During pregnancy, exercise works wonders for both you and your baby. Here are the best and safest ways to break a sweat while you’re expecting.
You’re aching and you can’t sleep and your back is killing you and your ankles are swelling and you’re constipated and bloated. In other words, you’re pregnant. Now if only there were something you could do to minimize the aches and pains and unpleasant side effects of pregnancy. There is: Working out while you’re pregnant offers lots of benefits — a boost in your mood, a decrease in many pregnancy symptoms (including fatigue, constipation and nausea), and a quicker postpartum recovery.
So how much should you aim for during pregnancy? The American Congress of Obstetricians and Gynecologists (ACOG) suggests expecting moms get at least 30 minutes of moderate exercise per day, most days of the week. What counts toward that 30 minutes? As far as your heart and general health are concerned, three 10-minute walks sprinkled throughout the day are just as beneficial as 30 minutes on the treadmill. For that matter, even non-exercise activity — like 15 minutes of vacuuming and 15 minutes of light yard work — counts toward your daily goal.
Worried about the potential risks of working out while pregnant? While it’s true that now isn’t the time to learn to water ski or enter a horse-jumping competition, as long as you get the green light from your practitioner to work out you can to enjoy the majority of fitness activities. In fact, most exercises that are off-limits during pregnancy are ones you’d probably have a hard time doing with a baseketball-sized belly anyway. So lace up those sneakers and try these safe exercises during pregnancy.
SAFE AEROBIC PREGNANCY EXERCISES
All of these cardiovascular exercises increase blood circulation, muscle tone and endurance (which you’ll be thankful for come delivery day):
Swimming and water aerobics may just be the perfect pregnancy workout. Why? In the water you weigh a tenth of what you do on land, so you’ll feel lighter and more limber. A dip in the pool may also help relieve nausea, sciatic pain and puffy ankles — and because baby’s floating along with you, it’s gentle on your loosening joints and ligaments (your body’s natural response to pregnancy hormones).
There’s no easier exercise to fit into your busy schedule than walking…and it’s a workout you can continue to fit in right up until delivery date (and even on D-day if you’re anxious to help the contractions along). What’s more, you don’t need any special equipment or a gym membership to participate — just some good sneakers. If you opt for a hike, be sure to avoid uneven terrain (especially later in pregnancy, when your belly can block your view of that rock in your path), high altitudes and slippery conditions.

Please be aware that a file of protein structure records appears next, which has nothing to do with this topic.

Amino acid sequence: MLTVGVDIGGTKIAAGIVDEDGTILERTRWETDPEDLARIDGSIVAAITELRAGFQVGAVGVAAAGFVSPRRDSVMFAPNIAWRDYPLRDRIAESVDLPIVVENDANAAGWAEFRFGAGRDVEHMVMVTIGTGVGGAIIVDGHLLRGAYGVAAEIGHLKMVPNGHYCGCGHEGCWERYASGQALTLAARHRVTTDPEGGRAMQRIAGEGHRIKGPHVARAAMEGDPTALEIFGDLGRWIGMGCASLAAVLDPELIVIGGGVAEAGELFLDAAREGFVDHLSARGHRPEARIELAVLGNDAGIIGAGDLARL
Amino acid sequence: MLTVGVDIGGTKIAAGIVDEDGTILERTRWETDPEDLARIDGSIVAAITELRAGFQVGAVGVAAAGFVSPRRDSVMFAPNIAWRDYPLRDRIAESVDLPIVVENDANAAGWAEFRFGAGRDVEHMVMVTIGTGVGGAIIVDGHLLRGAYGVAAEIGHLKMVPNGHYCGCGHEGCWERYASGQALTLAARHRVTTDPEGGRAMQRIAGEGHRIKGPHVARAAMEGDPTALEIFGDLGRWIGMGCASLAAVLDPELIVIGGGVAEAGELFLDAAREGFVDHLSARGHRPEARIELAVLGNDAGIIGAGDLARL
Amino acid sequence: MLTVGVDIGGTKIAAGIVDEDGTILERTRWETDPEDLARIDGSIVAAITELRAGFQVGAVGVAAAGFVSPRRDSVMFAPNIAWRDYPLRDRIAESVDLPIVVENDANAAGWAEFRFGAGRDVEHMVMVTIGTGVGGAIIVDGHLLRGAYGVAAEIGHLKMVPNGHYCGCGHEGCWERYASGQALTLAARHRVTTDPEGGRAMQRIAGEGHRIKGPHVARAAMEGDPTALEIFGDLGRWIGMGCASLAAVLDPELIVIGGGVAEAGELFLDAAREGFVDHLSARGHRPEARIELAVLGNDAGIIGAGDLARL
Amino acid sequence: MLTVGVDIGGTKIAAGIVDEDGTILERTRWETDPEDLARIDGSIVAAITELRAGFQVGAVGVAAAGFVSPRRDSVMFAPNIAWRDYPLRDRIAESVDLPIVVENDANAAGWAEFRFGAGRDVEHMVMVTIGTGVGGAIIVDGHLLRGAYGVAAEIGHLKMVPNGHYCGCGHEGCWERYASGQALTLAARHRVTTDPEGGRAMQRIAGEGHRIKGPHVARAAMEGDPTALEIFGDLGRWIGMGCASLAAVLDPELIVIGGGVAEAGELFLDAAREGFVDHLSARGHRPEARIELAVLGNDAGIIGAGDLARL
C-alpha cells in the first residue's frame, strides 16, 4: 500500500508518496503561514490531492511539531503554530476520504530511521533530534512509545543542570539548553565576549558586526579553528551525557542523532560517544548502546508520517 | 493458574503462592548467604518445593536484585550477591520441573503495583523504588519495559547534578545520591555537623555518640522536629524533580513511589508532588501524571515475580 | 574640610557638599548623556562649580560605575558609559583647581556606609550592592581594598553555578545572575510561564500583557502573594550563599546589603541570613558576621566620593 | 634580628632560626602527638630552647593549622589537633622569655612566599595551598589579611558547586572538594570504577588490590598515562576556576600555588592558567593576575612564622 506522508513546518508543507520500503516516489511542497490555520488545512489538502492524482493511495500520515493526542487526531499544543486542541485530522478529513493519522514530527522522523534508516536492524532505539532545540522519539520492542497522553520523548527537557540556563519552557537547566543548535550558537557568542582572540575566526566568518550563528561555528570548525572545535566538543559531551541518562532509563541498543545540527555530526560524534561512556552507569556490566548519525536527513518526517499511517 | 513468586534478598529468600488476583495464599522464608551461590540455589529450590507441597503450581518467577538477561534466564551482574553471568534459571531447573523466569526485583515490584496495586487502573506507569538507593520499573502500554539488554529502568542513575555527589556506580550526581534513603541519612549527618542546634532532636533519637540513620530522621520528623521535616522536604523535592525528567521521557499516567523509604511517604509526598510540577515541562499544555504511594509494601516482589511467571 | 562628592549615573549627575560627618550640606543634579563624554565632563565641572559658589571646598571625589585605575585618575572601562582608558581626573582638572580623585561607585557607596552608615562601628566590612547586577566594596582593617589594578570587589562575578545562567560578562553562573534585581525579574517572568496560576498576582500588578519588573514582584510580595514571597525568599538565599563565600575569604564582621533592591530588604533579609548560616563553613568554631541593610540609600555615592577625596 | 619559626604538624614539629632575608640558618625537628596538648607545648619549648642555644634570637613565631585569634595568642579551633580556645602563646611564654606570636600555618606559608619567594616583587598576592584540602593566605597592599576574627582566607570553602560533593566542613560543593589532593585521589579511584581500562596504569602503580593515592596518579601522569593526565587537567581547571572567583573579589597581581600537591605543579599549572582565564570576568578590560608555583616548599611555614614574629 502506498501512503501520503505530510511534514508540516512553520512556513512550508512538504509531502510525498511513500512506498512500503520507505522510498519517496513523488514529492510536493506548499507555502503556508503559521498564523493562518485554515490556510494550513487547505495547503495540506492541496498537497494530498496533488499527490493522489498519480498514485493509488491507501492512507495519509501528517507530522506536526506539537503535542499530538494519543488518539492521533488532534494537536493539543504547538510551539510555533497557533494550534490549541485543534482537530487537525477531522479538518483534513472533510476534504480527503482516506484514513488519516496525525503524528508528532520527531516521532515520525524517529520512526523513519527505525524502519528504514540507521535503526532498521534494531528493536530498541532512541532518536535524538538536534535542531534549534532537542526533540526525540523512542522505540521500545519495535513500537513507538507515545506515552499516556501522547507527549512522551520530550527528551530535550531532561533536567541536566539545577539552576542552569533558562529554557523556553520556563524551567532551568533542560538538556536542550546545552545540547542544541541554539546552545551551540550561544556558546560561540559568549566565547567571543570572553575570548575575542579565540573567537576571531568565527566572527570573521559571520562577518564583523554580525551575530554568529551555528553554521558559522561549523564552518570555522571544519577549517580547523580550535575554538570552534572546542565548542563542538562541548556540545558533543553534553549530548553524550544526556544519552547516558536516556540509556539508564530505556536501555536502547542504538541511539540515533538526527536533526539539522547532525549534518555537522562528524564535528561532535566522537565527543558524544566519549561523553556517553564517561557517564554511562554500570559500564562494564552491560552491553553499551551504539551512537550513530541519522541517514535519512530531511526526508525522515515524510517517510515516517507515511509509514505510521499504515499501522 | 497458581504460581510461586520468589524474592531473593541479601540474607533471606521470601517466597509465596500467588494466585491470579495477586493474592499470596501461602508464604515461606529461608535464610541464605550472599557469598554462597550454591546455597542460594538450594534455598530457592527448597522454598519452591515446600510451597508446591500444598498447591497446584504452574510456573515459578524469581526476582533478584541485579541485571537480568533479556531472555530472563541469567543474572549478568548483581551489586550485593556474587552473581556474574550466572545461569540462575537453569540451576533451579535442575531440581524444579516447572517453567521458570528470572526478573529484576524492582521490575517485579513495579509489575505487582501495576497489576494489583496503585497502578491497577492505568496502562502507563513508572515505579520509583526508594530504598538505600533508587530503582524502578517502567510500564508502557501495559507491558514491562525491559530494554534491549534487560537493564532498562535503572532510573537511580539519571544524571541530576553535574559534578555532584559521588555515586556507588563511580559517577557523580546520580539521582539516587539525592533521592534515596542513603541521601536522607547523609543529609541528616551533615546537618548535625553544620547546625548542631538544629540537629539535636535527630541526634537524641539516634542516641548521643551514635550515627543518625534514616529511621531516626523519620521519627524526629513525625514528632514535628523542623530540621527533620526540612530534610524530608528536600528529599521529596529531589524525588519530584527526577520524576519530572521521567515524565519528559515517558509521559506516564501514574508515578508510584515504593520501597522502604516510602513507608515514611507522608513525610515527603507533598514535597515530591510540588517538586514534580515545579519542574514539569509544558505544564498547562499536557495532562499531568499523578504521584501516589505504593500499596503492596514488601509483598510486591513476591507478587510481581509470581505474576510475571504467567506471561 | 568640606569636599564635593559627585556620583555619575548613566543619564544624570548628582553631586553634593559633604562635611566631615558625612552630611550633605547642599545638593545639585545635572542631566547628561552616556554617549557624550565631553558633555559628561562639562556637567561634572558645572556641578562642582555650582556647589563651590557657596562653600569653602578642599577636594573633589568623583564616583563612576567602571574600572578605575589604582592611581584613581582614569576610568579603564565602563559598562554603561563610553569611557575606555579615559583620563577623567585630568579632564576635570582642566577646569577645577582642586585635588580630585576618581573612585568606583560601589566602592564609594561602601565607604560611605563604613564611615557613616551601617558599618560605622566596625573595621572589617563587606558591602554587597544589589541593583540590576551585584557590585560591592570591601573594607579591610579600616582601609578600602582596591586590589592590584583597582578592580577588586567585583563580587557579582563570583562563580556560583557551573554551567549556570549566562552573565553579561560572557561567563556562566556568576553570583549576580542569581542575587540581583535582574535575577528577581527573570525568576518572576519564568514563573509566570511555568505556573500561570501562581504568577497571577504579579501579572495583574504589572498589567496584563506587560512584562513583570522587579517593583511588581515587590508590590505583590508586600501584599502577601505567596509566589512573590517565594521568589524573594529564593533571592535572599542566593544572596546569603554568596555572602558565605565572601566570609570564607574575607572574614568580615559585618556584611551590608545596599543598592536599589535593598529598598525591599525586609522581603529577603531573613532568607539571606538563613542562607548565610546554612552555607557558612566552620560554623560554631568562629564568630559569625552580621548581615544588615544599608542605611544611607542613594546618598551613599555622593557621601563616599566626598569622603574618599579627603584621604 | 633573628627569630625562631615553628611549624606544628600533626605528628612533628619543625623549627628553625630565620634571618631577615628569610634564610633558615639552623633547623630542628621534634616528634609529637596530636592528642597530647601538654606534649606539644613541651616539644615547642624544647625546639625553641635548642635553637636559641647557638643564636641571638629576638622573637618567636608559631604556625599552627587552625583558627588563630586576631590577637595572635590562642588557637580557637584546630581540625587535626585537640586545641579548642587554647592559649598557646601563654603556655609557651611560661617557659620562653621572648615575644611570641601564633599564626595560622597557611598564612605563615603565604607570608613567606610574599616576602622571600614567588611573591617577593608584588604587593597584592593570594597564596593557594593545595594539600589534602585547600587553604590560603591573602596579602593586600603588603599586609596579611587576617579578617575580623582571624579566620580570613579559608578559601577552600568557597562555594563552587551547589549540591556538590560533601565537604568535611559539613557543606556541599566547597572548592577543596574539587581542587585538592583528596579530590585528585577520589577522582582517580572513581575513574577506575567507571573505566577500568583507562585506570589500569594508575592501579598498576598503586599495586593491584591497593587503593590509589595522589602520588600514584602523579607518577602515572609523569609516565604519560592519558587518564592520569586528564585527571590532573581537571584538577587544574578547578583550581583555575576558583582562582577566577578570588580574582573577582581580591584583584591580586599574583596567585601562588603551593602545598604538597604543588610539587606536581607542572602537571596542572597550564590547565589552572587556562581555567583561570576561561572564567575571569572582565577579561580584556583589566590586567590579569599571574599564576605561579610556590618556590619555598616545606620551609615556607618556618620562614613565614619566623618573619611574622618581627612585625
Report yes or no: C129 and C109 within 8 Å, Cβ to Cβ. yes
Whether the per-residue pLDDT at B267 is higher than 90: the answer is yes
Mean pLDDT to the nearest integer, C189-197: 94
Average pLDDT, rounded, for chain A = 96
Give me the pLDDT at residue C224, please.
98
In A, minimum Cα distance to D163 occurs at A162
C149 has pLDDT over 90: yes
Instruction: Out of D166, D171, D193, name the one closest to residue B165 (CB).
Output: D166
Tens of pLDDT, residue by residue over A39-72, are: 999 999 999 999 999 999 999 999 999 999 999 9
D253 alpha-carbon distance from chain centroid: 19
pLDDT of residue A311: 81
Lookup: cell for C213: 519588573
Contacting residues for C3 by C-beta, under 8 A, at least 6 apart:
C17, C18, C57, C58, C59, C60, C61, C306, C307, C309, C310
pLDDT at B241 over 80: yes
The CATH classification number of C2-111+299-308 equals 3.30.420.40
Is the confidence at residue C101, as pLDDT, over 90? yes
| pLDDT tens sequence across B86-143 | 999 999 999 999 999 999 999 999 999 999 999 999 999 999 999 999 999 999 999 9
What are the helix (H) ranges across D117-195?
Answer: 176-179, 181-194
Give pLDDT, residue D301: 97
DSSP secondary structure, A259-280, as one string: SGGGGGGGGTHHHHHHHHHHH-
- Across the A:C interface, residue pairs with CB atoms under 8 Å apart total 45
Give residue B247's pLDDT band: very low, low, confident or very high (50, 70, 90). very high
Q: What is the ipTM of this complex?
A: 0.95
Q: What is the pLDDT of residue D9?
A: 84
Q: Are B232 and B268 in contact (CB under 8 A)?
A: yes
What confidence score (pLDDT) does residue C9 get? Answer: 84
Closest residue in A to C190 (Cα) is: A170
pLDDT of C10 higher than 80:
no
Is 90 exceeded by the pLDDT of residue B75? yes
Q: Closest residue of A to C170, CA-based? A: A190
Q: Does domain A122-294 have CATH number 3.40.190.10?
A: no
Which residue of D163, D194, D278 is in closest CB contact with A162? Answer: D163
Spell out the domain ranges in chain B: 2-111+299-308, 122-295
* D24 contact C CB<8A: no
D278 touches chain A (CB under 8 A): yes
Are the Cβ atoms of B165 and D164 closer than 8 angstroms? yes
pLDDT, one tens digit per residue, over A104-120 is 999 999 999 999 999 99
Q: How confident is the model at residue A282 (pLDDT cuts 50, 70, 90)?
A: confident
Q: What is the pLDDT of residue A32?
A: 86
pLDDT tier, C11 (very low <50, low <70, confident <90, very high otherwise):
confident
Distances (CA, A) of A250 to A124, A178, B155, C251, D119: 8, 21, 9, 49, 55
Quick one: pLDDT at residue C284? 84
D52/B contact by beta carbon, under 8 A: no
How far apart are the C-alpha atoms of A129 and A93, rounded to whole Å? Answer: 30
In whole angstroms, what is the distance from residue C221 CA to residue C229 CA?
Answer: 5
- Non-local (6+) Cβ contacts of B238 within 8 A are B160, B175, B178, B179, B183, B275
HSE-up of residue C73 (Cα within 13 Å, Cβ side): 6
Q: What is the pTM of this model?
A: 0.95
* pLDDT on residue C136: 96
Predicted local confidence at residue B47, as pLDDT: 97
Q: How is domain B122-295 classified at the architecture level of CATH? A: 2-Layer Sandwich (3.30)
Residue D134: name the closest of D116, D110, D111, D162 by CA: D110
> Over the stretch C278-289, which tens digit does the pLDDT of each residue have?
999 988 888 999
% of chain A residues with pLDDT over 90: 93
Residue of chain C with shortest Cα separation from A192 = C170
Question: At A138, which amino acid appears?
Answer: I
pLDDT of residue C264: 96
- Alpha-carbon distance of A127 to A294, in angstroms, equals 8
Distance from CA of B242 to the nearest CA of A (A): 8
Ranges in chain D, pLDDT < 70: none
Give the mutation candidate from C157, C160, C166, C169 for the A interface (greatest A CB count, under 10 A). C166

Want to go a little faster? Experienced runners can stay on track during pregnancy. Stick to level terrain (or a treadmill) and never overdo it (loose ligaments and joints during pregnancy can make jogging harder on your knees — and you more prone to injury).
Ellipticals and stair climbers
Both ellipticals and stair climbers are good bets during pregnancy. Adjust speed, incline and tension to a level that’s comfortable for you. Keep in mind that as your pregnancy progresses, you may have a harder time with resistance (or not; listen to your body) and need to pay closer attention to where you step to avoid stumbles.
Group dance or aerobics classes
Low-impact aerobics and dance workout classes like Zumba are a great way to increase your heart rate and get the endorphins flowing if you’re a newbie exerciser. As your abdomen expands, avoid any activities that require careful balance. If you’re an experienced athlete, listen to your body, avoid jumping or high-impact movements, and never exercise to the point of exhaustion. If you’re new to exercise, opt for the water version of aerobics, which is ideal for the expecting set.
If you’ve been spinning for at least six months before pregnancy, you should be able to continue as long as you tone down the workout. Indoor cycling can be great exercise, as it lets you pedal at your own pace without the risk of falling or putting pressure on your ankle and knee joints.
Source: WHAT TO EXPECT
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